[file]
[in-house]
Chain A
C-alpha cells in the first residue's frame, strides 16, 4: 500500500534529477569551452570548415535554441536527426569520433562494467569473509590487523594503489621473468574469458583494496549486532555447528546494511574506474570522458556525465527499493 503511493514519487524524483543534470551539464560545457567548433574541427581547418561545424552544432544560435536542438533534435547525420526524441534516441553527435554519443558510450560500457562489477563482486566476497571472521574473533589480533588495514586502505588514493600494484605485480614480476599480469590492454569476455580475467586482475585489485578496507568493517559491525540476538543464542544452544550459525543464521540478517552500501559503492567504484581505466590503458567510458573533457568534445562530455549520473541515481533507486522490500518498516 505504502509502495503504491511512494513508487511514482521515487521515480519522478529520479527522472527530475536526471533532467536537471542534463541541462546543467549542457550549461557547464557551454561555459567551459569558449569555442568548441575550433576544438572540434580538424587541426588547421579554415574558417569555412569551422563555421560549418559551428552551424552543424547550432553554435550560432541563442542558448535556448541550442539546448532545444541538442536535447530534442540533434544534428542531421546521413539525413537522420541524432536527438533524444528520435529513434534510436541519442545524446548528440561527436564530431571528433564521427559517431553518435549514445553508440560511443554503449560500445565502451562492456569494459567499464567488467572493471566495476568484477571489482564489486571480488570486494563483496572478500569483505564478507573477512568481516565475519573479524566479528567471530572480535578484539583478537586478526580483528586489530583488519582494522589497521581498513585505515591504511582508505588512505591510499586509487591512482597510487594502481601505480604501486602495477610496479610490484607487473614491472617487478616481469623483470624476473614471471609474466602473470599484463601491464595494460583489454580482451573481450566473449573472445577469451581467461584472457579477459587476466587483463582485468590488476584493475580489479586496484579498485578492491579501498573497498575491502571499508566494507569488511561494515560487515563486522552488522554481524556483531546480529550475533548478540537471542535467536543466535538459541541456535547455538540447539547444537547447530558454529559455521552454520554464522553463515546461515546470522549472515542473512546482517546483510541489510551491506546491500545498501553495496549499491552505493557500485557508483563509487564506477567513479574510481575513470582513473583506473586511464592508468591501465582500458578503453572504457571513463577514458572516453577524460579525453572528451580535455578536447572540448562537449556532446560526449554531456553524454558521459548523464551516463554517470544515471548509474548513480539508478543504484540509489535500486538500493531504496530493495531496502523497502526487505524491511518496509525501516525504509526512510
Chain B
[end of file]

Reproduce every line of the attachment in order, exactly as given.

[in-house]
Chain A
C-alpha cells in the first residue's frame, strides 16, 4: 500500500534529477569551452570548415535554441536527426569520433562494467569473509590487523594503489621473468574469458583494496549486532555447528546494511574506474570522458556525465527499493 503511493514519487524524483543534470551539464560545457567548433574541427581547418561545424552544432544560435536542438533534435547525420526524441534516441553527435554519443558510450560500457562489477563482486566476497571472521574473533589480533588495514586502505588514493600494484605485480614480476599480469590492454569476455580475467586482475585489485578496507568493517559491525540476538543464542544452544550459525543464521540478517552500501559503492567504484581505466590503458567510458573533457568534445562530455549520473541515481533507486522490500518498516 505504502509502495503504491511512494513508487511514482521515487521515480519522478529520479527522472527530475536526471533532467536537471542534463541541462546543467549542457550549461557547464557551454561555459567551459569558449569555442568548441575550433576544438572540434580538424587541426588547421579554415574558417569555412569551422563555421560549418559551428552551424552543424547550432553554435550560432541563442542558448535556448541550442539546448532545444541538442536535447530534442540533434544534428542531421546521413539525413537522420541524432536527438533524444528520435529513434534510436541519442545524446548528440561527436564530431571528433564521427559517431553518435549514445553508440560511443554503449560500445565502451562492456569494459567499464567488467572493471566495476568484477571489482564489486571480488570486494563483496572478500569483505564478507573477512568481516565475519573479524566479528567471530572480535578484539583478537586478526580483528586489530583488519582494522589497521581498513585505515591504511582508505588512505591510499586509487591512482597510487594502481601505480604501486602495477610496479610490484607487473614491472617487478616481469623483470624476473614471471609474466602473470599484463601491464595494460583489454580482451573481450566473449573472445577469451581467461584472457579477459587476466587483463582485468590488476584493475580489479586496484579498485578492491579501498573497498575491502571499508566494507569488511561494515560487515563486522552488522554481524556483531546480529550475533548478540537471542535467536543466535538459541541456535547455538540447539547444537547447530558454529559455521552454520554464522553463515546461515546470522549472515542473512546482517546483510541489510551491506546491500545498501553495496549499491552505493557500485557508483563509487564506477567513479574510481575513470582513473583506473586511464592508468591501465582500458578503453572504457571513463577514458572516453577524460579525453572528451580535455578536447572540448562537449556532446560526449554531456553524454558521459548523464551516463554517470544515471548509474548513480539508478543504484540509489535500486538500493531504496530493495531496502523497502526487505524491511518496509525501516525504509526512510
Chain B